On occasion, California legislators include statements of intent, or make findings and declarations, in their bills. When reviewing these bills, readers will see that, in most instances, these statements are “uncodified.” In more limited cases, these statements are codified along with the other, substantive statutory provisions. This raises the question whether these legislative statements should be codified or not.
Essentially, codified laws are all of the statutes that are contained in the Codes for the State of California. There are 29 Codes in California, beginning with the Business and Professions Code and ending with the Welfare and Institutions Code, with 27 other Codes in between. Codified laws are those that are of general applicability and are permanent in nature.
As a general rule, uncodified laws are those that originate from court decisions (common law) and general customs and practices. They are not viewed as being permanent in nature and they are usually of a specific, rather than general, nature. Nonetheless, there are laws that are enacted in each by the California Legislature that are not placed in one of those 29 Codes and therefore are not codified (i.e., they remain uncodified statutes). The biggest (in length) example of an uncodified law is the annual state budget bill.
However, whether codified or uncodified, both are written laws that were passed by the Legislature and signed into law by the Governor. While codified laws are often easily found in those 29 Codes, uncodified laws are sometimes more difficult to locate. For example, a researcher may need to review the California Statutes and Amendments to the Codes in order to find uncodified laws from a particular legislative session.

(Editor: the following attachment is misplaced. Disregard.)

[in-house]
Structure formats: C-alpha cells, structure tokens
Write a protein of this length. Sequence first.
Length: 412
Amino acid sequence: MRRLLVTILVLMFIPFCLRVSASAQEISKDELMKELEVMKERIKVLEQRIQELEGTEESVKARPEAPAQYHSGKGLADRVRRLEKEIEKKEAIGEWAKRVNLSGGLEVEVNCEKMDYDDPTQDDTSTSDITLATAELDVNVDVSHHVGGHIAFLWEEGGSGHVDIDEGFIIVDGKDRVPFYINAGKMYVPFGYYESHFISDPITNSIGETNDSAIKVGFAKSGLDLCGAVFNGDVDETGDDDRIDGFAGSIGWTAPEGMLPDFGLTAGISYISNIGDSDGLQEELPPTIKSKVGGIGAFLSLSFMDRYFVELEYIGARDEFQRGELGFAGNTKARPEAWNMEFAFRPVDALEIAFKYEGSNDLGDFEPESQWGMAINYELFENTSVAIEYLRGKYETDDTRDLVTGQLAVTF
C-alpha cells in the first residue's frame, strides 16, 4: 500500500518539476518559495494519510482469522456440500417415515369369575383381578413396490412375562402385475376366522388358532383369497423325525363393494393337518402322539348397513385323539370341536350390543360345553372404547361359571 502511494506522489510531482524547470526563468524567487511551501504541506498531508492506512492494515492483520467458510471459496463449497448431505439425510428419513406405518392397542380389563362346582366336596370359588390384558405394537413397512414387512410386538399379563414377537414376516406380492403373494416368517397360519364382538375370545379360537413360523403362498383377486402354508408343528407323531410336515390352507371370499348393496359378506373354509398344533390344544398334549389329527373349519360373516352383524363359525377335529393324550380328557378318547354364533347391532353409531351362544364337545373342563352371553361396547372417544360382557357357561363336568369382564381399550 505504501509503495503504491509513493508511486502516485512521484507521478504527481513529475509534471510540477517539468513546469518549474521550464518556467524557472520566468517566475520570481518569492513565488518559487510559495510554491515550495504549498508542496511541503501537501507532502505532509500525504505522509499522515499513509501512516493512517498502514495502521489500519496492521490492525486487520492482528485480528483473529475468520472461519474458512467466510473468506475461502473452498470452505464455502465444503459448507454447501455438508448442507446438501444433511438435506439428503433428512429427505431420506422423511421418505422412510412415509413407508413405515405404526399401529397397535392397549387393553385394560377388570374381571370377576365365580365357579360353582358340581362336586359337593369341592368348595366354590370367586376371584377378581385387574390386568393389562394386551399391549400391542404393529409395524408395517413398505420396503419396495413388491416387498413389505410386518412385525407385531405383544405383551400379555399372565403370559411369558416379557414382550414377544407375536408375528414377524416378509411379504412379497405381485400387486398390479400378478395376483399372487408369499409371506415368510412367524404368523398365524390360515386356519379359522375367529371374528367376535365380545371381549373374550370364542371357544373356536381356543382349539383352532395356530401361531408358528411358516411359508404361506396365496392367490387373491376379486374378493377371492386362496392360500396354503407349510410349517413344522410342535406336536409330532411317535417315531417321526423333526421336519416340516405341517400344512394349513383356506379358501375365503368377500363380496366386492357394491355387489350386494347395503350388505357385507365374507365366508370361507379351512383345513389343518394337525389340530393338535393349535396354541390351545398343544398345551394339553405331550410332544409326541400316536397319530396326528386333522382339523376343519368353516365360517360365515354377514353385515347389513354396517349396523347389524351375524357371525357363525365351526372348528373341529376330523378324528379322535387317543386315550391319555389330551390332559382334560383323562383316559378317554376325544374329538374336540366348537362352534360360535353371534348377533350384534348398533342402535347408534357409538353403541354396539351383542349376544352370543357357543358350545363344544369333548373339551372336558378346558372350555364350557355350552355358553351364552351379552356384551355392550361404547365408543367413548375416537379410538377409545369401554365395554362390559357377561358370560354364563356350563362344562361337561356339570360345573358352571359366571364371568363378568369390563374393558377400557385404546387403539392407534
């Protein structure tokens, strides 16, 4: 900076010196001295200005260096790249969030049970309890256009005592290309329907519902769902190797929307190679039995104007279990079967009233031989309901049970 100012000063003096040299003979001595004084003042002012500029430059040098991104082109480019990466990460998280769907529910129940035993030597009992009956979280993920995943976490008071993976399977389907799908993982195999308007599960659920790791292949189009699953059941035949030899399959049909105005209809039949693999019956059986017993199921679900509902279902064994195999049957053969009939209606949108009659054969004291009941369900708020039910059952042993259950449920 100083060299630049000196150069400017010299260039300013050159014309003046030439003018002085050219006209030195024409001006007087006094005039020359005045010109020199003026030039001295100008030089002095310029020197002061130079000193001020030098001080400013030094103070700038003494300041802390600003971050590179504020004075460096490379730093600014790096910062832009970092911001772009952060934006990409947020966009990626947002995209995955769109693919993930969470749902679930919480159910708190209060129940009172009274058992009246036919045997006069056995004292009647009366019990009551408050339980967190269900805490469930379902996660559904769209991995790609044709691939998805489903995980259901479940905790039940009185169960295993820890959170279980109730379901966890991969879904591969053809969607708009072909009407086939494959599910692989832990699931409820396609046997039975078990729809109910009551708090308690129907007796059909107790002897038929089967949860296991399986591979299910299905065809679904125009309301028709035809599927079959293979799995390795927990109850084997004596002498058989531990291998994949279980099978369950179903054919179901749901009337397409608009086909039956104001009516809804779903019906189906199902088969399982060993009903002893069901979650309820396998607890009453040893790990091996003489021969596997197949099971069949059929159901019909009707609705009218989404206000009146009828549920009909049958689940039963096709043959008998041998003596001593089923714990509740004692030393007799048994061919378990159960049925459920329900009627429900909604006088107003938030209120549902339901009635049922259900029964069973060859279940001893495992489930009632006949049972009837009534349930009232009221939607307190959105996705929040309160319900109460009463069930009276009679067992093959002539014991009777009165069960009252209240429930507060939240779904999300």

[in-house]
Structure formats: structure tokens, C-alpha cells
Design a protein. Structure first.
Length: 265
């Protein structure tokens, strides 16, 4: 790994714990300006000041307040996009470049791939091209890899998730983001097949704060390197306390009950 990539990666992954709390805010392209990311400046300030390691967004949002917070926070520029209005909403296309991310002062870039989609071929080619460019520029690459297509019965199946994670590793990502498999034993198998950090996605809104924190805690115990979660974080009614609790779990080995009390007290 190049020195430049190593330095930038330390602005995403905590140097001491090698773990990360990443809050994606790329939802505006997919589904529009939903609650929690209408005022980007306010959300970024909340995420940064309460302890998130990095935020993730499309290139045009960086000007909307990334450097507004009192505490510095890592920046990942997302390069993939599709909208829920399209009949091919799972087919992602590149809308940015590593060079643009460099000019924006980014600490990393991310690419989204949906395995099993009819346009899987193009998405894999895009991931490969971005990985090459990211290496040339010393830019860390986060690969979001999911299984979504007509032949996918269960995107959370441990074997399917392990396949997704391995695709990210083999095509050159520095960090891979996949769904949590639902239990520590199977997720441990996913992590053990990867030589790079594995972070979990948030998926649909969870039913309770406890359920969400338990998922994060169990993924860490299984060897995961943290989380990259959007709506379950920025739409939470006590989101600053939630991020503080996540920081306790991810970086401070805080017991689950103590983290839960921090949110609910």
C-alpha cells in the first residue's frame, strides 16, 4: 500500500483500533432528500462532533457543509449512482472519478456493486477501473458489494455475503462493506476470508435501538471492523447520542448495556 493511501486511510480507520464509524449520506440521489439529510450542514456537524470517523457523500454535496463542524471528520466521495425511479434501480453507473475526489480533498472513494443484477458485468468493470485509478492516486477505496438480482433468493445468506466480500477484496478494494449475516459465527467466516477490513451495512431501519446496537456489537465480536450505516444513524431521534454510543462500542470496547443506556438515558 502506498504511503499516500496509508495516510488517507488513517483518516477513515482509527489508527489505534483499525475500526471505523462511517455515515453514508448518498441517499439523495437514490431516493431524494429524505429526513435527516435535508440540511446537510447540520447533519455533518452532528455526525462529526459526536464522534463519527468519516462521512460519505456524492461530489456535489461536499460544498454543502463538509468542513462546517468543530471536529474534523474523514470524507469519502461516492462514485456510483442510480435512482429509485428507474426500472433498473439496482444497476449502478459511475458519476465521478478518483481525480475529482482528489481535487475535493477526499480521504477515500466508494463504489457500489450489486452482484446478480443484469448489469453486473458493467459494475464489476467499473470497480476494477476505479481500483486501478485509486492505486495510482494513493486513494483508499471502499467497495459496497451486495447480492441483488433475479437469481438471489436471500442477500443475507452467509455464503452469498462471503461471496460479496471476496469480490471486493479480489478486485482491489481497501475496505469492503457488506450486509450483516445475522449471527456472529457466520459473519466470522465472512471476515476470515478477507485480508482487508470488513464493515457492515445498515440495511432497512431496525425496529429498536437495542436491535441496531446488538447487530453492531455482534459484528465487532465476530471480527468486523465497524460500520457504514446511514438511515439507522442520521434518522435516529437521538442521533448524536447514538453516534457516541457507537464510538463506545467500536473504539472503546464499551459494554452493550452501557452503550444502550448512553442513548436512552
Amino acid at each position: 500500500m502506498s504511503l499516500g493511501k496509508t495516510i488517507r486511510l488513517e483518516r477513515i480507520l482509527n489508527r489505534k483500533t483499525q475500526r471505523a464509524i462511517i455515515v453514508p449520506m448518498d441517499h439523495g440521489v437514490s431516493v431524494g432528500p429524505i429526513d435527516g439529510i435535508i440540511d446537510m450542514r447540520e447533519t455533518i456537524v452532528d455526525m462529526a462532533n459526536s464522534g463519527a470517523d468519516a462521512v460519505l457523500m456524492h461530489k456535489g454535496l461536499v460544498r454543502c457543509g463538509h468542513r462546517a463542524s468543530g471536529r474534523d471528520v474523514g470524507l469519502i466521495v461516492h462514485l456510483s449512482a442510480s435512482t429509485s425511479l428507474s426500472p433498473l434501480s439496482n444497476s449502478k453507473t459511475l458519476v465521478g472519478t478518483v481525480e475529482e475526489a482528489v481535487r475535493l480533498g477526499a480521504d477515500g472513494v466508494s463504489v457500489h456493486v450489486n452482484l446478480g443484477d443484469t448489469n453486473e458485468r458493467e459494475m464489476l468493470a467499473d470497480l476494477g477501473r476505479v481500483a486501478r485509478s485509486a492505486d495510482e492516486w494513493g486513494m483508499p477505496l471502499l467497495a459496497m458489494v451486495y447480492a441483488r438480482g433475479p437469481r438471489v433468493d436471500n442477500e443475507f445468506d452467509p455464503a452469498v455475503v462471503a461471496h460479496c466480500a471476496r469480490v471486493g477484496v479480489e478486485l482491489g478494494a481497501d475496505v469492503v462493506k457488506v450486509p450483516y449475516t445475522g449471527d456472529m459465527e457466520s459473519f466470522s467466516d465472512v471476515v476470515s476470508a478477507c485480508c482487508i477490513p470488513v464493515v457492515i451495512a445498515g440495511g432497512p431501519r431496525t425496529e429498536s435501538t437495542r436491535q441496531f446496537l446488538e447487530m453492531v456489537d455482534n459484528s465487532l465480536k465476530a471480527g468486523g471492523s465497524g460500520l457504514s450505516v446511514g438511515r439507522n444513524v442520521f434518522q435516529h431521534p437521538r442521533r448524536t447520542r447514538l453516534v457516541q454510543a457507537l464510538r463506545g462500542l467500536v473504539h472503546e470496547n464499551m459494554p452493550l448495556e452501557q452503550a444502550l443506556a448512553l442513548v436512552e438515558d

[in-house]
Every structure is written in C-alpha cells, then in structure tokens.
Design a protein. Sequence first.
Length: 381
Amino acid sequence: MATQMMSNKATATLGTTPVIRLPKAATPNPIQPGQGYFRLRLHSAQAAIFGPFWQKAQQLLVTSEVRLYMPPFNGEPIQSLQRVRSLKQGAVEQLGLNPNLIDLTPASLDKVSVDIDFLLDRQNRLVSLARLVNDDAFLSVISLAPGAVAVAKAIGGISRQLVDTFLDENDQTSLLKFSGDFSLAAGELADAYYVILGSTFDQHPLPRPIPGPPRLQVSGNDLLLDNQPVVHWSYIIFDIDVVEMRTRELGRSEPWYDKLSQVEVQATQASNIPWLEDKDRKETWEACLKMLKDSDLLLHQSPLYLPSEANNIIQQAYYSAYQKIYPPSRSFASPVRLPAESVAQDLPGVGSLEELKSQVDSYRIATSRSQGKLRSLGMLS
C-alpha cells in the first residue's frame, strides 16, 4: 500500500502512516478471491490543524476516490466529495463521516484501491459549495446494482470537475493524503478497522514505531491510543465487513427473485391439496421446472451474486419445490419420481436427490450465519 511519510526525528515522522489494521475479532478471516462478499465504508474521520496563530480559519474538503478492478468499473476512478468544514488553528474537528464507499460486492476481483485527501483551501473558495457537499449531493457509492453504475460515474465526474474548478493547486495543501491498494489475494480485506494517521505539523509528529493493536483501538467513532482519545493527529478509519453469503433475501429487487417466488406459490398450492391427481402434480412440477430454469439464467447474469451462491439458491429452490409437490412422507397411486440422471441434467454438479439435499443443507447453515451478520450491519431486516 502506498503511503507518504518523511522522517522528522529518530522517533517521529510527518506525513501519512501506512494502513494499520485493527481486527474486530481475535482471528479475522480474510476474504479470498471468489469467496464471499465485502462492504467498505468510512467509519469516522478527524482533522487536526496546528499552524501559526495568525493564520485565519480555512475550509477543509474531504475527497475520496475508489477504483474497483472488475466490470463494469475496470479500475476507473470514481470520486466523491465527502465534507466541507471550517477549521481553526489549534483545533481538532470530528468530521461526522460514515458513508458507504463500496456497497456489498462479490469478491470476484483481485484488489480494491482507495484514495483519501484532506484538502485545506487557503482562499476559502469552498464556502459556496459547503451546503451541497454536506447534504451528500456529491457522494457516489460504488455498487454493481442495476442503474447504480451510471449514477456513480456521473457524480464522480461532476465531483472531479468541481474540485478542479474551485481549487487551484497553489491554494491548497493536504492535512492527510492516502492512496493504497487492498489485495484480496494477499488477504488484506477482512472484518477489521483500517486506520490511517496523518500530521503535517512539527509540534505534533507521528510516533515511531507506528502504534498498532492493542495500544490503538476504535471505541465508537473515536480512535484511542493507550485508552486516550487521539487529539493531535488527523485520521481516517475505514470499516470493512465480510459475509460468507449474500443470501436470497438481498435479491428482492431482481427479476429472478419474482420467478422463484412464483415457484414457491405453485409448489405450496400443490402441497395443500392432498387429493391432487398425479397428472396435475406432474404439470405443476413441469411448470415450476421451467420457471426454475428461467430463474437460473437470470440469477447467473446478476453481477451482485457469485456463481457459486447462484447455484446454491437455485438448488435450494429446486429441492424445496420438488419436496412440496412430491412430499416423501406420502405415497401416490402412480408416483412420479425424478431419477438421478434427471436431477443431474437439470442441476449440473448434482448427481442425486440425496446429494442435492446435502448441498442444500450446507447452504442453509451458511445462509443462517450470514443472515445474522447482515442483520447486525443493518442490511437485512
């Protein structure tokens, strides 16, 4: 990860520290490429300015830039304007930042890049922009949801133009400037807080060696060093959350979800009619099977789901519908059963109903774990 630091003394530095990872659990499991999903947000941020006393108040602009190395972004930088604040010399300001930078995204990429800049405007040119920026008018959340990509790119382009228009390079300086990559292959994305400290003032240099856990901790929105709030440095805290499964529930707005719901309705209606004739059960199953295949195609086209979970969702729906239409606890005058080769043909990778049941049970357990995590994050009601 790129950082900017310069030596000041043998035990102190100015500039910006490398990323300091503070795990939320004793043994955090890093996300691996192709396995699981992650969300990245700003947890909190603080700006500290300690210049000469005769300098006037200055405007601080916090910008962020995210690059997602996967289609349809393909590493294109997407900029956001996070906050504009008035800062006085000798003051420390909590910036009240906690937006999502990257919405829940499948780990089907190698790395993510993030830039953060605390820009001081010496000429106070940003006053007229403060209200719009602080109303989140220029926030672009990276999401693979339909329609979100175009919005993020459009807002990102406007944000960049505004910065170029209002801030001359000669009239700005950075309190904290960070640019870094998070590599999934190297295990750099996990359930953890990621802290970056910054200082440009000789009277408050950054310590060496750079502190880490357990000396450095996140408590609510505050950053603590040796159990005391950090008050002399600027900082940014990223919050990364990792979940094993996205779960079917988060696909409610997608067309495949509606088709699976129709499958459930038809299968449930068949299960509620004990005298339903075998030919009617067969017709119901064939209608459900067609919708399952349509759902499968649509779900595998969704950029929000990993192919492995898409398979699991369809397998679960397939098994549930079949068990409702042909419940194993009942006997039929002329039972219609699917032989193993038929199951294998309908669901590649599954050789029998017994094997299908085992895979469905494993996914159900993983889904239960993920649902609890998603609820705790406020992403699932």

Returning to the question posed for this essay, other states in this country have different views on whether to codify legislative findings or other statements on intent. For example, in Utah’s Legislative Drafting Manual, it provides, “If, however, a legislative statement is included in a bill, it should be codified. An exception to this general rule is a legislative statement related to a specific, time-limited action to be taken by the Legislature, legislative staff, or executive branch agencies that is not generally binding on the public such as one related to:
- a specific state appropriation, including distribution and expenditure;
- a coordination clause;
- a revisor instruction;
- a study; or
- direction to a state agency to take specific action, including one related to administrative rules.”
California, on the other hand, does not have a specified rule related to whether these legislative statements should be codified or uncodified. While some state legislatures are reluctant to include these statements in bills, they are found on a regular basis with California bills. One state drafting manual provides, “A well drafted bill ideally expresses legislative intent in the body of the bill itself, which makes a legislative statement unnecessary.”
In my years of reviewing California legislation, the most common usage of legislative intent statements, or findings and declarations, are in uncodified provisions, usually found in Section One of a bill, before the substantive, codified language is set forth in the bill. These statements, of course, are intended to provide guidance in interpreting the bill’s provisions. This guidance may be of assistance to regulatory agencies or to the judicial branch of government.
Does it matter whether these statements are codified or uncodified? I am not aware of a California appellate court decision that draws a distinction. Whether codified or uncodified, they are both statutes enacted by the Legislature and Governor. In theory, therefore, they would be of equal value. Nonetheless, some commentators view codified statements of the Legislature as carrying more weight, especially because they can be readily found as part of the statutory language.
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